My very first interview for the Missourian was also one of my longest to date. For just over 100 minutes, Dan and Teresa Nelson told me about their marriage, family, business backgrounds and preparation to start Giggles Thrift Shop.
That first encounter, which also brought along another hour-long follow-up, taught me something pretty valuable: the importance of listening.
A lot of the points that Seth Horowitz brings up in his piece resonate with things I’ve noticed about myself and my reporting throughout the semester.
First, the difference between hearing and listening, like REALLY listening. It is all so simple, yet hard to actually make the effort to improve. It’s all about paying attention.
For the community beat, most of my interviews are over an hour long. It can be exhausting.
I feel that as the semester has gone on, I’ve realized that I need to schedule the longer interviews at a time where I have some downtime before and afterward to mentally prepare for the conversation and then later soak in all the information that I’ve been told. It’s not a matter of hearing the story and telling it, it’s about listening to it and understanding where the person is coming from to be able to relay that back to the readership.
Next, I’ve also had to make conscious decisions about scheduling interview locations, given the nature and length of the usual interview.
I’ve noticed that whenever I have to schedule the interview in a public place (Kaldi’s has been the chosen coffeeshop as of late), it’s a little harder to stay focused on the conversation at hand what with the other conversations and coffee grinding going on behind the counter. What has been helpful is having a recording of the conversation and playing back parts of it when I’m going through the draft in a quieter setting. I know that this isn’t a fool-proof method, but I’m adjusting. Like (hopefully) my attention span.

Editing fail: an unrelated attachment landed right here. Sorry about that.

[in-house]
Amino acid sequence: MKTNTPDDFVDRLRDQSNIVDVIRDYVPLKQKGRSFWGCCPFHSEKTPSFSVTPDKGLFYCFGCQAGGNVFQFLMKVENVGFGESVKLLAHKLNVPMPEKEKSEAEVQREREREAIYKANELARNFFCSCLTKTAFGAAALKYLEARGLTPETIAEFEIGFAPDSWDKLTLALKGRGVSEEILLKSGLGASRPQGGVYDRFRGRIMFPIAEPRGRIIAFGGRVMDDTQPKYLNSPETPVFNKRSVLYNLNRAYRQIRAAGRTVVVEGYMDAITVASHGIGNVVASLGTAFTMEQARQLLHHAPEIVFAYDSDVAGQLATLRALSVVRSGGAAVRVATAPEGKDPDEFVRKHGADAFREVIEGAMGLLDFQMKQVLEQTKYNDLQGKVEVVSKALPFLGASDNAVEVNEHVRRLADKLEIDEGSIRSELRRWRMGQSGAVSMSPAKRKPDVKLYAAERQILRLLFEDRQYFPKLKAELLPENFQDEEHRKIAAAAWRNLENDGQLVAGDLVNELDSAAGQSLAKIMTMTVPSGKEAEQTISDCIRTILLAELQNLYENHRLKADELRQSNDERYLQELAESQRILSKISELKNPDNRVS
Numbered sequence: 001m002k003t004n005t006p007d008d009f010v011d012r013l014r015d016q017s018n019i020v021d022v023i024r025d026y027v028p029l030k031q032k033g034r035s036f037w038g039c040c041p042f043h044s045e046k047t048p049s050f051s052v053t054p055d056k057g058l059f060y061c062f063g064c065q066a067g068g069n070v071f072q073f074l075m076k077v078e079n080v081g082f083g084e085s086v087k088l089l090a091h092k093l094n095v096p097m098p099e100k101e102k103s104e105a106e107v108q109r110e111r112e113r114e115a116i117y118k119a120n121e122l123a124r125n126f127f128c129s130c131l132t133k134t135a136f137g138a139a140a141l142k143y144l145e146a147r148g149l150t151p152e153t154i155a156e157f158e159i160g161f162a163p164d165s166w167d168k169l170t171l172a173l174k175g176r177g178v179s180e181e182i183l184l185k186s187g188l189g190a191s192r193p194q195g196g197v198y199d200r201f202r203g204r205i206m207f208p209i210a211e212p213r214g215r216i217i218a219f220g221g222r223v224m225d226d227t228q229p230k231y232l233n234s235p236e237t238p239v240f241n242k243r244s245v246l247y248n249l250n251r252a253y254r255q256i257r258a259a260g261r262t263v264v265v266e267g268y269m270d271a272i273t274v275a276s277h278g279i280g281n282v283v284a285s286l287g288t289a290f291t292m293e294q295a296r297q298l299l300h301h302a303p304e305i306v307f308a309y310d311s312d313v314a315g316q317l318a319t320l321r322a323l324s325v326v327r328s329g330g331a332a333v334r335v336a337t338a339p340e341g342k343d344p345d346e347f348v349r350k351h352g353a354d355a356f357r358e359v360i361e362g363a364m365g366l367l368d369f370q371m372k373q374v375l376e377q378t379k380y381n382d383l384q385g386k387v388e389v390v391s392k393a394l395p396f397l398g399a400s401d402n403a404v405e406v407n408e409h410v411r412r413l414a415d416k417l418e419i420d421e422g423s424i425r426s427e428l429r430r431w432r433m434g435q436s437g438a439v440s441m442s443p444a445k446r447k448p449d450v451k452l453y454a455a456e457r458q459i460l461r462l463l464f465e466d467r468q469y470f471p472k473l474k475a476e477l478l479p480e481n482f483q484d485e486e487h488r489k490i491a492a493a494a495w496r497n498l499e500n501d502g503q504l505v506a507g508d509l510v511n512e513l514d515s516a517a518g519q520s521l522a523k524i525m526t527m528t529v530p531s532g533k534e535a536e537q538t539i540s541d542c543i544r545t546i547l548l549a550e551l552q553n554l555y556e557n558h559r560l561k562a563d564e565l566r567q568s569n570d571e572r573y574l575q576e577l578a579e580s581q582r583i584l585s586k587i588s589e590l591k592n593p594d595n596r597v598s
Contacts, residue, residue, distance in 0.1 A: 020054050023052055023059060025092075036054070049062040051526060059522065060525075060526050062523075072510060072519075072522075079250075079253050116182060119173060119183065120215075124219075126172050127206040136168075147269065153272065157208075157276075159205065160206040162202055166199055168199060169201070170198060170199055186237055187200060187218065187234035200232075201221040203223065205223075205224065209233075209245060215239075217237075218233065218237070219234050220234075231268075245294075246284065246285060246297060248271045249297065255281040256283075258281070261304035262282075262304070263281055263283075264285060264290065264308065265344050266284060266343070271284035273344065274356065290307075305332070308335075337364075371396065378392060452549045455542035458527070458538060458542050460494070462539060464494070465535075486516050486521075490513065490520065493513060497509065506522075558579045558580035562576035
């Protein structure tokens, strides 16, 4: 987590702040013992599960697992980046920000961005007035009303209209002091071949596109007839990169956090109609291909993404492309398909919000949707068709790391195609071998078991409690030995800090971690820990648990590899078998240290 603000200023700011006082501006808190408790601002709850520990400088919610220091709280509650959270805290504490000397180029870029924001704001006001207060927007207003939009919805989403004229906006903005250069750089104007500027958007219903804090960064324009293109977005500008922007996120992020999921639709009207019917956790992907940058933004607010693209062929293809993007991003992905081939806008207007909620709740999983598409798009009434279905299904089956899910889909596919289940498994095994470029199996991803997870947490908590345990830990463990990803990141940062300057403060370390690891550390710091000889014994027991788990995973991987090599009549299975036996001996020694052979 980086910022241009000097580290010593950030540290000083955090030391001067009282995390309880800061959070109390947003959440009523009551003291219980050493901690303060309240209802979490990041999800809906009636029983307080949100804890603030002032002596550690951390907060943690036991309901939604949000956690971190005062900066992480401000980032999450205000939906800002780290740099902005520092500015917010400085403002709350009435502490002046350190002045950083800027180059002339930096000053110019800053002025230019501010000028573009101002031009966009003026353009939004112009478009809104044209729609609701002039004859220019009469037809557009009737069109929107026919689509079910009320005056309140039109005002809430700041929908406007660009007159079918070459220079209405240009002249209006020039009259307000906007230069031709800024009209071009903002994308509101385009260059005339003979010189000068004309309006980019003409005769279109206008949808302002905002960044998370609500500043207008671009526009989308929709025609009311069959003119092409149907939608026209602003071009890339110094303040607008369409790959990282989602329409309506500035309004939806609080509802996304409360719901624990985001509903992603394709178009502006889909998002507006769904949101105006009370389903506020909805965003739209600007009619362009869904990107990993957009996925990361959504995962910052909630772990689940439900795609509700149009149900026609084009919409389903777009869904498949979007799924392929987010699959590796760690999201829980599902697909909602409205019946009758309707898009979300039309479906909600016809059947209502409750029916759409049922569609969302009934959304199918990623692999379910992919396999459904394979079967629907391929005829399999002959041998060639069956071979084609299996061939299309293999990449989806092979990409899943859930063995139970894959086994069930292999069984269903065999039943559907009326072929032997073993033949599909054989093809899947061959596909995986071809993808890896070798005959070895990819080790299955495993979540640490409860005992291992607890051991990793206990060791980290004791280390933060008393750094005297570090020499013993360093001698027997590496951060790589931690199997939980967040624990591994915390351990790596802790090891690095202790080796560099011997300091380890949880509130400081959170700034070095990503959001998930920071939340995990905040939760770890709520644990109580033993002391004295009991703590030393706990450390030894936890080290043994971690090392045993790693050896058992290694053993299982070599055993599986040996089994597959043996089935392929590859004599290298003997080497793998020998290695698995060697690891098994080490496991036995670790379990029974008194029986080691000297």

The comment about listening to new and different music during routine music-listening time is something I’ll definitely have to take on. I’ve realized that other than trying to get Pandora to not skip every 45 seconds with the shoddy internet connection at my complex, I haven’t listened to much new music lately. My iTunes library has been severely neglected the past few months. Seriously, the last playlist I made was titled “Summer Skin,” and that was back in May. This tell me two things: 1) I make lame titles, and 2) it’s time to find some new tunes.
From my first-floor apartment window, I can hear people walking along Hitt Street, cars passing by, the occasional television turned up way too loud and bus brakes screeching at the intersection (seriously, THERE WAS NO BUS STOP OUTSIDE MY WINDOW WHEN I SIGNED MY LEASE IN MARCH. A notice over the summer would have been nice). All this used to be bothersome noise, especially during the first few months when construction crews would make sure that I never spent a morning in bed past 8:30 a.m. But now that I’ve adjusted, it’s all background noise.
And that makes me wonder — is that necessarily a good thing? To be able to adapt is one thing. To assure that even when going into a noisy coffeeshop I’ll be able to test my mental stamina, as well as the subject’s ability to do so with all the distractions, is another.
I guess as long as I’m able to concentrate on the task at hand (like writing this post with my roommate walking in and out of my room asking about the tow truck sitting idle outside) I should be golden. Like silence, which I probably don’t experience enough of.